The Translational Development of a Therapeutic For Triple Negative Breast Cancer

Period of Performance: 08/19/2015 - 07/31/2016


Phase 2 SBIR

Recipient Firm

Nanometics, LLC
NEW YORK, NY 10012
Principal Investigator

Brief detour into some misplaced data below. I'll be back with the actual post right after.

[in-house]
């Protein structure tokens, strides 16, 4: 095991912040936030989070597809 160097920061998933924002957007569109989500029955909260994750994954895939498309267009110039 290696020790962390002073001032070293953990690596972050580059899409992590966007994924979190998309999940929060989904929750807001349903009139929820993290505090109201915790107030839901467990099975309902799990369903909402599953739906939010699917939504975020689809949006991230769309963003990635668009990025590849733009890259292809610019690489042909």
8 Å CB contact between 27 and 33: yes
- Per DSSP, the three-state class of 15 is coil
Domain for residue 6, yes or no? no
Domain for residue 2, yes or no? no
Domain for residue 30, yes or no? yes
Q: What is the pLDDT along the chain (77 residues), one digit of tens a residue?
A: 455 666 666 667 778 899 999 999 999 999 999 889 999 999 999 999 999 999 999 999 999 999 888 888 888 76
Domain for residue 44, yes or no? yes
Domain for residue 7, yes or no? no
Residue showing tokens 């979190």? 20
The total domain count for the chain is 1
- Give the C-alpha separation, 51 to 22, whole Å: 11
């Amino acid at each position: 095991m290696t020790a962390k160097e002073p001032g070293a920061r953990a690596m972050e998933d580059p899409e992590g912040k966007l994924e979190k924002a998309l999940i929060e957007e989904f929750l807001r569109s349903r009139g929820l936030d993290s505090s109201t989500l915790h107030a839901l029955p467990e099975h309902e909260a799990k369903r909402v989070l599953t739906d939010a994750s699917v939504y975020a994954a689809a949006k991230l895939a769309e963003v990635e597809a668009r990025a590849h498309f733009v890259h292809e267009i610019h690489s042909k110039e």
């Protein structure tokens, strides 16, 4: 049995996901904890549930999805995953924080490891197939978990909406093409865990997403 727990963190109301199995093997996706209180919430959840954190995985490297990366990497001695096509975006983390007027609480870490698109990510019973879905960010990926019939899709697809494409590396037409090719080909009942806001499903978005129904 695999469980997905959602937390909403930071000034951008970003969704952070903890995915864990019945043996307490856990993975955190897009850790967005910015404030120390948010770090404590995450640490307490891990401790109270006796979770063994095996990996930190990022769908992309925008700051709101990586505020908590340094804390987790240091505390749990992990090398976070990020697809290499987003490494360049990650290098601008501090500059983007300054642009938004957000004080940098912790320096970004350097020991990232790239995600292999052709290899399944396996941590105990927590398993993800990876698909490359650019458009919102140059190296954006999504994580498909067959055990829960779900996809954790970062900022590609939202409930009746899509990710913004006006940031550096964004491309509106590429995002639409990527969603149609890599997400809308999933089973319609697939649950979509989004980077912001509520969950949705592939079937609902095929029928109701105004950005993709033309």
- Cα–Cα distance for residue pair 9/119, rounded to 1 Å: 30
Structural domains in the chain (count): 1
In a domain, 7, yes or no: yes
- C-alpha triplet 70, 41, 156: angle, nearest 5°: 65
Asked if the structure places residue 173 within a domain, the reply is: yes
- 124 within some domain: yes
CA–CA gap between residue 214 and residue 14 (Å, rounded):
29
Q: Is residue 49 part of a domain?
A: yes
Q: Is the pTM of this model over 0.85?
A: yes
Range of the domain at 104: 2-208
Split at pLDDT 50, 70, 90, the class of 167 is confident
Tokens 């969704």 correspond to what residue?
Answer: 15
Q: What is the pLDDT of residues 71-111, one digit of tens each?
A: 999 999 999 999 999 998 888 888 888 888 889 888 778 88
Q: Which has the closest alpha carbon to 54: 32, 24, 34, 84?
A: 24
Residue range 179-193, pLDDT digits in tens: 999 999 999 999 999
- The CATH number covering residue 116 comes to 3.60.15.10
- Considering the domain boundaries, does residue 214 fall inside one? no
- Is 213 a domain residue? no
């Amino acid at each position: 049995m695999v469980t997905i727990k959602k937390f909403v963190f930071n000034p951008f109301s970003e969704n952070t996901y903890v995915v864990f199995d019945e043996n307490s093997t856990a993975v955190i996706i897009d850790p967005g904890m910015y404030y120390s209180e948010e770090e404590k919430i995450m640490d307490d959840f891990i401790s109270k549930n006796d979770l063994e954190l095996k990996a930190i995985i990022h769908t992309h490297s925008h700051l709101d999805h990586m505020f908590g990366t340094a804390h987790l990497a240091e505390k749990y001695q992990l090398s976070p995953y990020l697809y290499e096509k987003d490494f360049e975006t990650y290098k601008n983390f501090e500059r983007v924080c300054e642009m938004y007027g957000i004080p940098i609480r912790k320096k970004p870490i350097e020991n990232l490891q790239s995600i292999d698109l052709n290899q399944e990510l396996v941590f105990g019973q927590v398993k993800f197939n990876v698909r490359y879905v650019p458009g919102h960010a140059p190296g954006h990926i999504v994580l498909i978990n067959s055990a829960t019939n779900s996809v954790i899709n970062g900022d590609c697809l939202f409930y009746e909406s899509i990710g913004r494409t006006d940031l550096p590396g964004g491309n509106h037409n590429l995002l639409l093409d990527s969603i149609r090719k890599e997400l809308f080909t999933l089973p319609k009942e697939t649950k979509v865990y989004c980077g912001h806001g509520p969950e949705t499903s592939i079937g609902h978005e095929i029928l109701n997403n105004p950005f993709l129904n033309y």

DESCRIPTION (provided by applicant): Triple-negative breast cancer (TNBC) accounts for 15-20% of all diagnosed breast cancers worldwide. TNBC carries a poorer prognosis and lower survival rate compared to other breast cancer subtypes. Identifying novel targets and new therapeutics to treat patients diagnosed with TNBC remains a significant priority of the National Institutes of Health. Product and Long-Term Goal: Nanometics is developing an orally available and targeted therapeutic, dubbed "MTDIA" for the treatment of TNBC. MTDIA inhibits a novel target, 5 ´-methylthioadenosine phosphorylase (MTAP), and selectively disrupts the epigenetic development of cancer cells. Technical Innovation: MTAP is the sole enzyme responsible for metabolizing 5 ´-methylthioadenosine (MTA) in humans, which facilitates recycling of S-adenosylmethionine (AdoMet). MTAP is a promising target for cancer therapeutics because it is linked to various anticancer pathways. MTDIA is a powerful transition state inhibitor of MTAP (Ki* = 86 pM), and a single oral dose causes systemic MTAP inhibition and a disruption in MTA / AdoMet homeostasis that impairs the epigenetic development of cancer cells. Phase I SBIR Equivalent Outcomes: Once-daily oral doses of MTDIA are effective against eight cell line derived xenograft (CDX) models of six different human cancers. Once-daily dosing with MTDIA inhibits MTAP for >24 h, causes whole-body increases in MTA levels (up to 100-fold in plasma), suppresses the growth rate of TNBC primary tumors and causes dramatic regression of large TNBC tumors. Escalating dose studies in mice demonstrate a lack of observable toxicity for MTDIA up to 1,000 mg/kg/day for 7 days. Pharmacokinetic, pharmacodynamic, and genomic analyses provide strong evidence for the MTDIA mechanism of action. Direct Phase II Objectives: Demonstrate that: (1) oral doses of MTDIA are effective in patient derived xenograft (PDX) models of TNBC;and (2) optimize the multi-kilogram synthesis of MTDIA phosphate. Expected Outcomes: Demonstration of efficacy in PDX models and optimization of the multi-kilogram synthesis is expected to de-risk the program for human clinical trials. Commercial Application: The global market for breast cancer therapeutics is forecast to reach $13.86 billion by 2017. Because the treatment options for metastatic relapse of TNBC are limited, there remains a significant need for new drugs that work through novel modes of action.